March 12, 2024

How to pitch to the media as a small business

Jason Burg | Advisor (He/Him)

How to pitch to the media as a small business

You have a business and you want the world to know about it. But how do you get your story out to the millions (we can be ambitious, right?) of potential customers and clients waiting to hear all about you and the ways your biz is going to make life easier for them? Pitching to the media as a small business can be a great way—and sometimes necessary way—to generate publicity and increase the visibility of your business. The trick then is knowing the media outlets your customers follow, developing a strong story, and putting together a great pitch to get in.

But how do you do that? Check out these tips to help you pitch to the media as a small business and get your story out there to the right people.

  1. Research: Start by researching relevant media outlets that cover topics related to your business and are speaking to people like your customers or clients. And even though digital outlets are where it’s at these days, don’t overlook newspapers, magazines, blogs, podcasts, and TV/radio shows that align with your goals, industry, or target audience.
  2. Craft a compelling story: You will never get a pitch accepted if you don't develop a compelling story angle that will resonate with the audience of the media outlet you're targeting. As you do this, think about what makes your business unique. Are there any recent achievements, cool new products/services, an impactful community involvement, or interesting trends you can tap into? If so, work those into the story you're pitching and write a strong hook to catch the reader's attention.
  3. Personalize your media pitch: If needing a compelling story is the first thing you need, tailoring your pitch to each media outlet or journalist you're contacting is the second. No generic pitches! Show the person or media outlet you're pitching you've done your homework by referencing their previous work or explaining why your story would be of interest to their audience.
  4. Write a clear and concise pitch: Keep your pitch brief and to the point. Start with a catchy subject line or headline and follow it with a concise summary of your story angle. Include relevant details such as who, what, when, where, why, and how.
  5. Include visual assets: If it makes sense (and it very often does), include visuals with you pitch. These can be things like  high-resolution images, infographics, or videos that enhance your story and make it more visually appealing. Doing this also gives the person evaluating your pitch pretty much everything they need to make a decision.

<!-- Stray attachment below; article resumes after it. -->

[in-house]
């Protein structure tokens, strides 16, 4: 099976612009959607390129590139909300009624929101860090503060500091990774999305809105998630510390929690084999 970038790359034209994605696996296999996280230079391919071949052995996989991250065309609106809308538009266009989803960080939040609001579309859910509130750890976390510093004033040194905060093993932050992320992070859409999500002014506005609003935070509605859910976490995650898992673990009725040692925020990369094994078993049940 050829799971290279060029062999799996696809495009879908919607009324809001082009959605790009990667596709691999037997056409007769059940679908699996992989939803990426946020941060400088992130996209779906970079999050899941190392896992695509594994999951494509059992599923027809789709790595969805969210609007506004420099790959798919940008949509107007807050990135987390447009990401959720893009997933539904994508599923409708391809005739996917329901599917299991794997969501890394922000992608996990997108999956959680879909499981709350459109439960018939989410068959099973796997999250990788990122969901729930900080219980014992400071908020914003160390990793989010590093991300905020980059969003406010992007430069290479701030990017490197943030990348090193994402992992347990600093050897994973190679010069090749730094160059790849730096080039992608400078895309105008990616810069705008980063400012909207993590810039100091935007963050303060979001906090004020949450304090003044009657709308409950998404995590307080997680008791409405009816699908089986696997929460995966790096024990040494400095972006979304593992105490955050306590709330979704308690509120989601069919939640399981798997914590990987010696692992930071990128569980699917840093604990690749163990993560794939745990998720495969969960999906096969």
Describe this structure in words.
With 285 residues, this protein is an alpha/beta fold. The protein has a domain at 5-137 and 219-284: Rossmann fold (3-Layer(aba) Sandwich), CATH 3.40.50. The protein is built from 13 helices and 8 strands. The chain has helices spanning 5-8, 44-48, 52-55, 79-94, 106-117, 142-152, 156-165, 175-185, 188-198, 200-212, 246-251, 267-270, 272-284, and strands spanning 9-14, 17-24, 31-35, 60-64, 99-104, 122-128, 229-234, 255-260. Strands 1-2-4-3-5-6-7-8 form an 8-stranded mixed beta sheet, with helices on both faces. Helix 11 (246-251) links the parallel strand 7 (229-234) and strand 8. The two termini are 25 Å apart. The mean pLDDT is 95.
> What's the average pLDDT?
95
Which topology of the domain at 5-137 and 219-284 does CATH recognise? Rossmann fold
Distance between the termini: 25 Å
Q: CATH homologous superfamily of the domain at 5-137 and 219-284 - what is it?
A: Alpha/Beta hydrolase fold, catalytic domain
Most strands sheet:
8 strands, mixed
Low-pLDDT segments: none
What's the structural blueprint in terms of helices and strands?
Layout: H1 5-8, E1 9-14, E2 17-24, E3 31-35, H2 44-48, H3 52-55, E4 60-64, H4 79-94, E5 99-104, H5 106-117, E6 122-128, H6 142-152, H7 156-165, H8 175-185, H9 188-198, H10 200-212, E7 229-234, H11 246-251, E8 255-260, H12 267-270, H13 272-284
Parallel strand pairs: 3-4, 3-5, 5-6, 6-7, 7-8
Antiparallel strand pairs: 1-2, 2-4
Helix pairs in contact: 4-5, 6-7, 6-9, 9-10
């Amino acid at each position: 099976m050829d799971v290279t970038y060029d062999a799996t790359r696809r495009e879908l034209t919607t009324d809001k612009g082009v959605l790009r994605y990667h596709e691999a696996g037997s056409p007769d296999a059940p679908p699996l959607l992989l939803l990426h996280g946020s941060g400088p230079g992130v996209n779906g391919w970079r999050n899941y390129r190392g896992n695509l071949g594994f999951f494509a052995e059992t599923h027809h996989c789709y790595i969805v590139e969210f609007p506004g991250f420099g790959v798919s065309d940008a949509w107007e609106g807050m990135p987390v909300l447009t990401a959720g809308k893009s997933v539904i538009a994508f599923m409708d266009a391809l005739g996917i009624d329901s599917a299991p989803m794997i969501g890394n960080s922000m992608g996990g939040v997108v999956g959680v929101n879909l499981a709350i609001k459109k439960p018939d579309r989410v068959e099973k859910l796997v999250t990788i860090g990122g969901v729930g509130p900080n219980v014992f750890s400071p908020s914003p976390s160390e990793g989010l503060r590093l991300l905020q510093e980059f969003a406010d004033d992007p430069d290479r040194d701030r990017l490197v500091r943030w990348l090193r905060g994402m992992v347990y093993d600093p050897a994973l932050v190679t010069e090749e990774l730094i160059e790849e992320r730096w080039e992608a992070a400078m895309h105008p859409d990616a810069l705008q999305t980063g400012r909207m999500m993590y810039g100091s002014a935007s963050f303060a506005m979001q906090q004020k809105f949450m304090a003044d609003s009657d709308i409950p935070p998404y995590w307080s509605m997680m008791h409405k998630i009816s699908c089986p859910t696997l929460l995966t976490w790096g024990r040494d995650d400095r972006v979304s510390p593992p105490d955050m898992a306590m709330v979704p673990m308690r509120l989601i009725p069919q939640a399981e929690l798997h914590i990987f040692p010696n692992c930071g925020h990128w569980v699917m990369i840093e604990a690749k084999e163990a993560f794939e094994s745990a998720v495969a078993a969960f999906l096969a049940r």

6. Follow up: After you pitch your small business to the media, follow up with the journalist or editor if you don't hear back within a reasonable timeframe (not the next day...give it a couple because you don't want to seem desperate). Be polite and respectful, and offer to provide any additional information they might need.
  7. Make yourself available for interviews: If a journalist shows interest in your pitch, be responsive and available for interviews. Make it easy for them to schedule a meeting or call with you and do your very best to accommodate their deadlines.
  8. Work to build relationships and your media contacts: Building relationships with journalists and media professionals can increase your chances of getting coverage in the future because once a journalist believes in what you're doing and supports your brand, they'll be way more open to your future pitches. And when you find a relationship like this, you’ll want to keep that relationship going strong. Stay in touch, provide them with valuable insights or resources, and be a reliable source of information within your industry.
  9. Monitor your media coverage: Once your story is published or aired, monitor the coverage and try to amplify it by sharing it on your own marketing channels (website, social media, email newsletter, etc.). Thank the journalist or media outlet for featuring your business and continue to nurture the relationship.

As a small businesses owner, you need all the help and support you can get. Getting your stories into the media is a massive “win” for driving awareness about your business and getting the social proof you need to win new customers. The best part about working some PR into your marketing? Pitching to the media is generally free! And the exposure you get to a large audience that you didn’t have to pay for? That’s the best kind of exposure. By learning how to pitch to the media as a small business, you can share your story, build your brand, and secure valuable media coverage that will have a targeted reach you can bank on.

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